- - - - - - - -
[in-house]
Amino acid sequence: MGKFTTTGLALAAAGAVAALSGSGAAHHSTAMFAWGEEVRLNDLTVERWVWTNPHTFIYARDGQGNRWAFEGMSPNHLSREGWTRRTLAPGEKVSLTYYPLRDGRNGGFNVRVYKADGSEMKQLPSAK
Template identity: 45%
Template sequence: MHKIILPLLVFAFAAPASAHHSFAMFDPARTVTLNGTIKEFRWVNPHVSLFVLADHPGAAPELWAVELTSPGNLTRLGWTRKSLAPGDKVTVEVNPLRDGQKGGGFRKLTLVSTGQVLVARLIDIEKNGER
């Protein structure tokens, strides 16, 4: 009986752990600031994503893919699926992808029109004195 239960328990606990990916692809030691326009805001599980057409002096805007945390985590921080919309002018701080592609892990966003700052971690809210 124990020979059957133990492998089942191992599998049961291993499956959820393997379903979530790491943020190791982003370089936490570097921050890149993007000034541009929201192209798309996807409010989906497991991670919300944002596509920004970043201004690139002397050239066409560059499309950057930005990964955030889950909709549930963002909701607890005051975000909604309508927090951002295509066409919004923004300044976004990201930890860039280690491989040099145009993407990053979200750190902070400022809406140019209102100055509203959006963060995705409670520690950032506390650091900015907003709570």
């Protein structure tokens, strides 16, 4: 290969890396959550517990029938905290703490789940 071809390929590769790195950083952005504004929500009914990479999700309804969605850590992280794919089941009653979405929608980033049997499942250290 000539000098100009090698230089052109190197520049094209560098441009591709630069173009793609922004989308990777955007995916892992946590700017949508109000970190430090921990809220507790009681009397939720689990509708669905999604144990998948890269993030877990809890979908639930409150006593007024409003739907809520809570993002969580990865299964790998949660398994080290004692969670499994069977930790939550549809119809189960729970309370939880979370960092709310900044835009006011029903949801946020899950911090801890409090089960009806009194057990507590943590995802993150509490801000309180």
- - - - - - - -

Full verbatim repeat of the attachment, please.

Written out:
[in-house]
Amino acid sequence: MGKFTTTGLALAAAGAVAALSGSGAAHHSTAMFAWGEEVRLNDLTVERWVWTNPHTFIYARDGQGNRWAFEGMSPNHLSREGWTRRTLAPGEKVSLTYYPLRDGRNGGFNVRVYKADGSEMKQLPSAK
Template identity: 45%
Template sequence: MHKIILPLLVFAFAAPASAHHSFAMFDPARTVTLNGTIKEFRWVNPHVSLFVLADHPGAAPELWAVELTSPGNLTRLGWTRKSLAPGDKVTVEVNPLRDGQKGGGFRKLTLVSTGQVLVARLIDIEKNGER
């Protein structure tokens, strides 16, 4: 009986752990600031994503893919699926992808029109004195 239960328990606990990916692809030691326009805001599980057409002096805007945390985590921080919309002018701080592609892990966003700052971690809210 124990020979059957133990492998089942191992599998049961291993499956959820393997379903979530790491943020190791982003370089936490570097921050890149993007000034541009929201192209798309996807409010989906497991991670919300944002596509920004970043201004690139002397050239066409560059499309950057930005990964955030889950909709549930963002909701607890005051975000909604309508927090951002295509066409919004923004300044976004990201930890860039280690491989040099145009993407990053979200750190902070400022809406140019209102100055509203959006963060995705409670520690950032506390650091900015907003709570």
């Protein structure tokens, strides 16, 4: 290969890396959550517990029938905290703490789940 071809390929590769790195950083952005504004929500009914990479999700309804969605850590992280794919089941009653979405929608980033049997499942250290 000539000098100009090698230089052109190197520049094209560098441009591709630069173009793609922004989308990777955007995916892992946590700017949508109000970190430090921990809220507790009681009397939720689990509708669905999604144990998948890269993030877990809890979908639930409150006593007024409003739907809520809570993002969580990865299964790998949660398994080290004692969670499994069977930790939550549809119809189960729970309370939880979370960092709310900044835009006011029903949801946020899950911090801890409090089960009806009194057990507590943590995802993150509490801000309180």